BENE (Better Environment with Nuclear Energy) responds to Energy White Paper
BENE notes with much interest the totally non-committal treatment of nuclear energy in the Energy White Paper, published today by Minister Alex White.
While acknowledging that nuclear energy currently provides a significant proportion of the low carbon electricity consumed in the EU, the White Paper neither recognises, nor rules out, nuclear energy as a possible component of Ireland’s future energy mix. This stance shows a clear lack of courage.
For what can only be interpreted as populist reasons, the White Paper fails to recognise the seriousness of the dilemma posed for Ireland’s generation planners by the critical need to replace coal as a source of baseload electricity by an equivalent low-carbon generation source, and the fact that, if nuclear is excluded, there is no other source which ticks all the key boxes of 24/7 availability, proven commerciality, long-term sustainability and minimal carbon emissions.
Of low-carbon alternatives open to consideration, biomass is problematic as to both economy and fuel availability, coal with carbon-capture-and-storage is far from being a proven technology and reliance entirely on interconnection with the UK or France sacrifices the independence of control which could be critical in a tight supply situation.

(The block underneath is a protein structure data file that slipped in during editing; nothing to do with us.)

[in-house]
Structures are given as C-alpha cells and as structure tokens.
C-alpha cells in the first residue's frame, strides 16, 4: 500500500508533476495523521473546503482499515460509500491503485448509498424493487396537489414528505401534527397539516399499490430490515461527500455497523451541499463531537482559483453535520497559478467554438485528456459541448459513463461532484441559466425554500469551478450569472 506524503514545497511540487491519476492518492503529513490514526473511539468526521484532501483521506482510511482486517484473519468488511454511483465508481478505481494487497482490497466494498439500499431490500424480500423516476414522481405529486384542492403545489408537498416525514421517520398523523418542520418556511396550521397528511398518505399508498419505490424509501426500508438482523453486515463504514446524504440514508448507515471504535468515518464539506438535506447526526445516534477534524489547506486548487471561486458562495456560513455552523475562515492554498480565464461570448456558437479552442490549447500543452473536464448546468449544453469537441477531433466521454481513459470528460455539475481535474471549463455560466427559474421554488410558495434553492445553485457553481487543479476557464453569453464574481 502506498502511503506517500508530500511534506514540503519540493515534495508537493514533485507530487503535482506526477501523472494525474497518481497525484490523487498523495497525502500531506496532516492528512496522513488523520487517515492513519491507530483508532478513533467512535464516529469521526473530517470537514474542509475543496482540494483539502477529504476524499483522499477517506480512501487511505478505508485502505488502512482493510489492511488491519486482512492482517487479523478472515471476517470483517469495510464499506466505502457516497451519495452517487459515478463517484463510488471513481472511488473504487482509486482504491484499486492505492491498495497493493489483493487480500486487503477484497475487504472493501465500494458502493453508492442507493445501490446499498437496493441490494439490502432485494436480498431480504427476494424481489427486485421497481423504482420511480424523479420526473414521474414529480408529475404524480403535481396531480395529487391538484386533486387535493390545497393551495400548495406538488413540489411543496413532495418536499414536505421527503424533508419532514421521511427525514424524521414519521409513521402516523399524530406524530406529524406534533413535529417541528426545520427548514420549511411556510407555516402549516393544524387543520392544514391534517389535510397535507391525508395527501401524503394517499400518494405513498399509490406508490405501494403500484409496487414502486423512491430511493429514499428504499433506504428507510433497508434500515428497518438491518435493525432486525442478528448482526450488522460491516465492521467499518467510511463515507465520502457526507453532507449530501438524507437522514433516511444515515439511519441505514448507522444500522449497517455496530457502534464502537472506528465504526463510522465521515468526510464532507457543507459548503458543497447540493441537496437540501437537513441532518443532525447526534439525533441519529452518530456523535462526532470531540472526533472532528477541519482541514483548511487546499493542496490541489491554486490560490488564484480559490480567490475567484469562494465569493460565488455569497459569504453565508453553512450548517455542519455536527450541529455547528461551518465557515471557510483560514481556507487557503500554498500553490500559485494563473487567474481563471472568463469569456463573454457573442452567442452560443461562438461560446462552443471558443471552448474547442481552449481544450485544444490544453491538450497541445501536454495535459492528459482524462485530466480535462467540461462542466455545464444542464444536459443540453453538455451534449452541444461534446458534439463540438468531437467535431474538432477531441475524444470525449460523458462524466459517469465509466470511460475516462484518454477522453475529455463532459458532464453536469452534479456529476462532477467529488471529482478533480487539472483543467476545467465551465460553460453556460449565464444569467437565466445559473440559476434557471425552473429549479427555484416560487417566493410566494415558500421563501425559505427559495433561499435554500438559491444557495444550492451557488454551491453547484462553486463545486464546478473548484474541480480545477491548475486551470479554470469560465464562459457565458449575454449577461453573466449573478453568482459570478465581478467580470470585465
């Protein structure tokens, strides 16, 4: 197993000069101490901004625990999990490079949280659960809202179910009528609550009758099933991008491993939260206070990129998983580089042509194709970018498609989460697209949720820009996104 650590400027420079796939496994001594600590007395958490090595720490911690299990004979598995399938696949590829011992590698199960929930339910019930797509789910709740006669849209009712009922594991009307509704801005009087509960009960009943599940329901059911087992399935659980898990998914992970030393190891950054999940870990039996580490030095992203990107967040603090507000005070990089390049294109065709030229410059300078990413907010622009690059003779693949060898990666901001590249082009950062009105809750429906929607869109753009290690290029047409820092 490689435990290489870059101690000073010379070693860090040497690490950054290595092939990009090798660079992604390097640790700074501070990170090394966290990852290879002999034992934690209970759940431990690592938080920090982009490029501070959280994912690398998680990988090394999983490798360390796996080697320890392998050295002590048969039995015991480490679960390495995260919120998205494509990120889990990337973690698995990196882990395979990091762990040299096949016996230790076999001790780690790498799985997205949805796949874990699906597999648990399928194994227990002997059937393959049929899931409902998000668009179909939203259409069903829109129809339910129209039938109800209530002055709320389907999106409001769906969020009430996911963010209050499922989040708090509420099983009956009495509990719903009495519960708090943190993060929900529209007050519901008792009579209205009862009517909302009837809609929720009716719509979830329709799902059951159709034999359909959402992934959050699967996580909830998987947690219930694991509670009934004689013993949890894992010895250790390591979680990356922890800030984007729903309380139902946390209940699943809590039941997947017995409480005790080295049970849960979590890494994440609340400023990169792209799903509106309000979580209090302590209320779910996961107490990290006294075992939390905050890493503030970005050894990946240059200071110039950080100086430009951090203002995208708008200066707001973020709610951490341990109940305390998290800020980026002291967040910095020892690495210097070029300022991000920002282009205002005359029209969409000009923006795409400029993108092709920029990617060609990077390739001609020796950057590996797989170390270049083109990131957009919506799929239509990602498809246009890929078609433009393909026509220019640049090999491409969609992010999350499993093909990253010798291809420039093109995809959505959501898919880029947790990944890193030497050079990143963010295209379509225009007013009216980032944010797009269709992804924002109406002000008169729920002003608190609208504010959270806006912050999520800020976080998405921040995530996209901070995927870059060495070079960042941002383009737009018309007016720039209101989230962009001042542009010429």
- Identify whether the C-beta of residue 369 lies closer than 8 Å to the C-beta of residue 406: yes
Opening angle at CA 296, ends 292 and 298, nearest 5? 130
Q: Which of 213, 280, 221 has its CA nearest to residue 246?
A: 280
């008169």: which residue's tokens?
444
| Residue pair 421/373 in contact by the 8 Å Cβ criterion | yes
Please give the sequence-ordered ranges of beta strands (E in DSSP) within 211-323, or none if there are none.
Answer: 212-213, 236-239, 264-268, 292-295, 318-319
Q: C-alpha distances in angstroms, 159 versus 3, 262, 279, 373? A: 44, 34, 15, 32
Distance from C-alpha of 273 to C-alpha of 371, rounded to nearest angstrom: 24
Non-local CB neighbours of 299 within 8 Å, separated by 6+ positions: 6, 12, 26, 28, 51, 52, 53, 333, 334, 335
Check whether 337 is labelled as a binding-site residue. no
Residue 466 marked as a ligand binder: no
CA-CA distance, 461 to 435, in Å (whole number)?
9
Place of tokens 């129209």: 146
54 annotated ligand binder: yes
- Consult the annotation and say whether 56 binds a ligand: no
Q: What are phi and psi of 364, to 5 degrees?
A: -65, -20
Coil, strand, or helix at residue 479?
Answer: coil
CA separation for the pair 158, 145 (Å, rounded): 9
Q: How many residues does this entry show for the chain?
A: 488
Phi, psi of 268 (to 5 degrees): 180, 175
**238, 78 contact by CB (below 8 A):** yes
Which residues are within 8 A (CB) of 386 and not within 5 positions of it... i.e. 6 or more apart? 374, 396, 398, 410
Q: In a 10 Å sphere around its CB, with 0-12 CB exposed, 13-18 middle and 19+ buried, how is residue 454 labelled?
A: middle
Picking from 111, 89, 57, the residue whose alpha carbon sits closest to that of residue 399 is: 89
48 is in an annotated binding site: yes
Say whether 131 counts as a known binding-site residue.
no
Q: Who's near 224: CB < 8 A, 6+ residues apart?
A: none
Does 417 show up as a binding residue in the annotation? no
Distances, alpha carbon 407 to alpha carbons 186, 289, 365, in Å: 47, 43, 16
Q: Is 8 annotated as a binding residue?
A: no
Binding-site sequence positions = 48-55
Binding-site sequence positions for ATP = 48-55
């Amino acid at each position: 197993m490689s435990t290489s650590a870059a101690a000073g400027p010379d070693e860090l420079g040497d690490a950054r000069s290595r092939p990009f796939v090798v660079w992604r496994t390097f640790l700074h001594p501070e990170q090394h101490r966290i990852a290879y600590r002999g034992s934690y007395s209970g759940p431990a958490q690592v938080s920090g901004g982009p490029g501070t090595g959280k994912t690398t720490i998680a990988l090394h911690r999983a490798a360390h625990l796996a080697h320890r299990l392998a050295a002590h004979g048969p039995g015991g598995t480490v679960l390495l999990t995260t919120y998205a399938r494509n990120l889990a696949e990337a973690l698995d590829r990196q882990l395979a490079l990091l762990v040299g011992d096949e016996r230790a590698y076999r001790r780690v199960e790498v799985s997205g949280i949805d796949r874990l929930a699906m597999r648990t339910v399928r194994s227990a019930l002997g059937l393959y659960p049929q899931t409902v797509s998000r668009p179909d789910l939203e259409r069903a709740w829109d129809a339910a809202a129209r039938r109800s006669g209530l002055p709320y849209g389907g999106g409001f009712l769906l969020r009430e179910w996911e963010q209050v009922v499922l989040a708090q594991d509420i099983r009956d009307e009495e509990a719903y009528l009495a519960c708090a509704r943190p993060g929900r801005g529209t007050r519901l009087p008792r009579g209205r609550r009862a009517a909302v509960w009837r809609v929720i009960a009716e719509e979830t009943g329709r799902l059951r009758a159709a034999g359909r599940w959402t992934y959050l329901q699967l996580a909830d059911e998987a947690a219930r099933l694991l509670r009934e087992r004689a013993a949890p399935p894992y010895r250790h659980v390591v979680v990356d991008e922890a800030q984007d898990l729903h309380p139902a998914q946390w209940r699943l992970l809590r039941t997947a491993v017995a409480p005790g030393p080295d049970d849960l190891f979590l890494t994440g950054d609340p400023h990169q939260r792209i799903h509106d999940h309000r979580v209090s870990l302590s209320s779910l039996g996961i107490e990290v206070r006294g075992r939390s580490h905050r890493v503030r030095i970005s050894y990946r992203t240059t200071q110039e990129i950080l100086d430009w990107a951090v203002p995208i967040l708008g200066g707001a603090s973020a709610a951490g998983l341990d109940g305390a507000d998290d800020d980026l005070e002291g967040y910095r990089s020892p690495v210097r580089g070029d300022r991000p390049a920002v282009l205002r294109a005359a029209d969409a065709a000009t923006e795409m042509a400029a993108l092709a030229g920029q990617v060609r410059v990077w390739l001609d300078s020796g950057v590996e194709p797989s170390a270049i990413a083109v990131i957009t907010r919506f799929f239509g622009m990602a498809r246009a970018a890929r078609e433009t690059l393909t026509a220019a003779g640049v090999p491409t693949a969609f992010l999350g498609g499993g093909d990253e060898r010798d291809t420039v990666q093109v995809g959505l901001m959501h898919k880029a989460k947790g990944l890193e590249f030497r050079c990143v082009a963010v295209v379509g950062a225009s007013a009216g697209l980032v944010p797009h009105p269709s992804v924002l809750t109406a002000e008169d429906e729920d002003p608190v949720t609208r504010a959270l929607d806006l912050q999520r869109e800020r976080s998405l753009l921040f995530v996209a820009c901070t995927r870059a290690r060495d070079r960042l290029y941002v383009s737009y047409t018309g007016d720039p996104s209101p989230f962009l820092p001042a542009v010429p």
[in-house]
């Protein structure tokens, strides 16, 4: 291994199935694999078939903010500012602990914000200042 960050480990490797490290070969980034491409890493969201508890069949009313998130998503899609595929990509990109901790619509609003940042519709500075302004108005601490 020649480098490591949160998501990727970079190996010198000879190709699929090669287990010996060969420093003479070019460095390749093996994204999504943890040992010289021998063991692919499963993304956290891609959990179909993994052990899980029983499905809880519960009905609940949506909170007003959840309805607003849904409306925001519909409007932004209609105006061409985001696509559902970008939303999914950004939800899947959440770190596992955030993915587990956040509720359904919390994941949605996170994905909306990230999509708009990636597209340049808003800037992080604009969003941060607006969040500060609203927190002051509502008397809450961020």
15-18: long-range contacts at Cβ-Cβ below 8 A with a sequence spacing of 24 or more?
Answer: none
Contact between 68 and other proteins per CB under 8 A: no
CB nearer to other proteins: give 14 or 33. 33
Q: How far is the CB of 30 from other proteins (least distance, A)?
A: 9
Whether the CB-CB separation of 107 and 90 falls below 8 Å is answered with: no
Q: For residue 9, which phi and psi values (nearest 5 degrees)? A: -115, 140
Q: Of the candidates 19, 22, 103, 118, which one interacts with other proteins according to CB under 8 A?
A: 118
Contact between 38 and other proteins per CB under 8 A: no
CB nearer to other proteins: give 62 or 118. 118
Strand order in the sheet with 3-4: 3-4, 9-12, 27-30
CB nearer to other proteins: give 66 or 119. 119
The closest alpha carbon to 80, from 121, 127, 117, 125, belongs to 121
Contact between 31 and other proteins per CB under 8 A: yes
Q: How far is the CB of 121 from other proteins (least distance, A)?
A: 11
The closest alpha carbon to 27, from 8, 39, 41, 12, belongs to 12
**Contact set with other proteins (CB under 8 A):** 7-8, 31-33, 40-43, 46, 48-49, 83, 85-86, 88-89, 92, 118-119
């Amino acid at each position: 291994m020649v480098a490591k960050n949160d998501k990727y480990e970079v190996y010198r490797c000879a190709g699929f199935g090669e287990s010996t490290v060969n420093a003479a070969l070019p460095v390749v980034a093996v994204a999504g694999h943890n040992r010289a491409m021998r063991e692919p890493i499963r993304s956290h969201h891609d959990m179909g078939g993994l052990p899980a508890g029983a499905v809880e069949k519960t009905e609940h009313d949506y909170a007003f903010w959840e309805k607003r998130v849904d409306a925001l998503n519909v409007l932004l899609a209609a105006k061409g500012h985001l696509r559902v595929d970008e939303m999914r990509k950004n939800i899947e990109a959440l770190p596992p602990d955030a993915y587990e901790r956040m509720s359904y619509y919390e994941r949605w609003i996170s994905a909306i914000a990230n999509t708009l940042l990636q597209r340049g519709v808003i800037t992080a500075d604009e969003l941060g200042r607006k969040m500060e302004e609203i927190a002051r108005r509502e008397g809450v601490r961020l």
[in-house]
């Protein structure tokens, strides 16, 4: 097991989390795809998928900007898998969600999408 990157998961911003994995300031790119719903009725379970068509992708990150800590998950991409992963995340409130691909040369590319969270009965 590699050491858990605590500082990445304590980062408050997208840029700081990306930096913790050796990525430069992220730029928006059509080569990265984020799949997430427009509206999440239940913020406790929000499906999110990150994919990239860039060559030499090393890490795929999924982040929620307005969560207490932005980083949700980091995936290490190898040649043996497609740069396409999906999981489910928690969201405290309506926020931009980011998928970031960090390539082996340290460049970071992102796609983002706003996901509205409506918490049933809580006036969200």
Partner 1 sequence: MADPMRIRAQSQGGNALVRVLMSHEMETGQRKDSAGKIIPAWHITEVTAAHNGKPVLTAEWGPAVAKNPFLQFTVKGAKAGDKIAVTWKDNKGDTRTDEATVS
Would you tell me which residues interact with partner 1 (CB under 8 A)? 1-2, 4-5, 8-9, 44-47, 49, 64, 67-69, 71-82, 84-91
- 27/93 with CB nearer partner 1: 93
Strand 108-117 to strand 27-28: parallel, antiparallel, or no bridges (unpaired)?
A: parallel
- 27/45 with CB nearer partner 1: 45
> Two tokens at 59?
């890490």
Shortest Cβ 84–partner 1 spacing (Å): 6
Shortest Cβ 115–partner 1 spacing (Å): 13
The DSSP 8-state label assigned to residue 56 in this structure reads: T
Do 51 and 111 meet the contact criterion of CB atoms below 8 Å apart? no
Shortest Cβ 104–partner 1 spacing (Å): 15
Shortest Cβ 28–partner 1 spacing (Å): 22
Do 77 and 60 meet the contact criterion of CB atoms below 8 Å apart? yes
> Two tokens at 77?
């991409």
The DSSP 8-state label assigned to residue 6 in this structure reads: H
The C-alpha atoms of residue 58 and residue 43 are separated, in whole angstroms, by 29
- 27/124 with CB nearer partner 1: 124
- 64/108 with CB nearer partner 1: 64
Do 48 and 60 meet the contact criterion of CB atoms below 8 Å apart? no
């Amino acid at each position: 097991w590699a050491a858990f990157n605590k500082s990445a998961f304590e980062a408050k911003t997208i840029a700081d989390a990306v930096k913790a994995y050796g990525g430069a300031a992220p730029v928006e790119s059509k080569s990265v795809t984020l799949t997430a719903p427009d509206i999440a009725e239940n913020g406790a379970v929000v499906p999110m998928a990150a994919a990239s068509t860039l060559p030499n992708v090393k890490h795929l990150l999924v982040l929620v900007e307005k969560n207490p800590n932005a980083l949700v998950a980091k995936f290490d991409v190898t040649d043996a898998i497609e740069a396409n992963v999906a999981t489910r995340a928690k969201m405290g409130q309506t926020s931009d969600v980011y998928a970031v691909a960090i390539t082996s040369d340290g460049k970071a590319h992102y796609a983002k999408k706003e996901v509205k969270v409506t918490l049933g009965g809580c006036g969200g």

The White Paper ignores the ideal suitability for Ireland of the type of small modular nuclear reactor, with enhanced safety features, which is attracting increasing interest worldwide. The fact that gaining public acceptance for nuclear energy would undoubtedly be challenging in no way justifies an unwillingness to recognise it as being at least a possible answer to a crucial energy problem – how to replace coal for electricity generation- for which no other satisfactory solution can at this point be identified.
Following CoP21 it is evident that all available means of decarbonising energy production must be utilised to the maximum degree possible. The White Paper’s hesitancy to grasp the nettle of seriously considering nuclear, presumably because of its perceived unpopularity, does not augur well for Ireland’s bona fides in confronting the challenge to the future of our planet which climate change presents.
16 December 2015